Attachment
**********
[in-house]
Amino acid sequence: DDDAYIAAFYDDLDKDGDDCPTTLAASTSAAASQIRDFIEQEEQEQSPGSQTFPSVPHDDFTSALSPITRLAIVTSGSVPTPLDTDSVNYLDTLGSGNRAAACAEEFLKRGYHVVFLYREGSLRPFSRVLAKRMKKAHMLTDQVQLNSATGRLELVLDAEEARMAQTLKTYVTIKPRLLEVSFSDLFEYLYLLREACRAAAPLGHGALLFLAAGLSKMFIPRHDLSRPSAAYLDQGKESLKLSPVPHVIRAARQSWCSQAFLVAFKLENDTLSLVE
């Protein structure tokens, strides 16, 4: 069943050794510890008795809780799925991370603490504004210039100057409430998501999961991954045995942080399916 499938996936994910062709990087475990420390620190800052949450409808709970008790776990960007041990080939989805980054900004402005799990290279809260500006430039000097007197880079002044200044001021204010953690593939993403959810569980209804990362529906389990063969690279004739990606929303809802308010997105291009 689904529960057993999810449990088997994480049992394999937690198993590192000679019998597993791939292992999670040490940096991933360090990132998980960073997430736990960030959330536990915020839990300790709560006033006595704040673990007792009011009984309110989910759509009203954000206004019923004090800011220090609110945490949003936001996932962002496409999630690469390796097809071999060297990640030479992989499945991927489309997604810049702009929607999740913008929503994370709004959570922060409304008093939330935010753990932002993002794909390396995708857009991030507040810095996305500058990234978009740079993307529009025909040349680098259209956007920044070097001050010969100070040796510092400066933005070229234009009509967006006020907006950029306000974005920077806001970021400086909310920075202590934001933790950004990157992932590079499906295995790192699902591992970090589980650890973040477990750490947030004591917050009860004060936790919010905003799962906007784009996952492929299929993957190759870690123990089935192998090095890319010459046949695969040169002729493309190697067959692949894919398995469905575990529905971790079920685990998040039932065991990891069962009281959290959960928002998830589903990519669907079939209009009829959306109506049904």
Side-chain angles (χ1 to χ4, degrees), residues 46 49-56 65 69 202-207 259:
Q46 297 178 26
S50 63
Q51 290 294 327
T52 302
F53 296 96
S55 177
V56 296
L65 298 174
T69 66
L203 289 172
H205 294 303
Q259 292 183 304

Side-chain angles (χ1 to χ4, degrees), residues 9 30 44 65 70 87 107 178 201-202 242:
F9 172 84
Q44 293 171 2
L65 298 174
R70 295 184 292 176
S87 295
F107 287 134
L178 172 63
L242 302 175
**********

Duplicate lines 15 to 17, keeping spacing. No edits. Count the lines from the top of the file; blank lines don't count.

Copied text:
H205 294 303
Q259 292 183 304

Side-chain angles (χ1 to χ4, degrees), residues 9 30 44 65 70 87 107 178 201-202 242: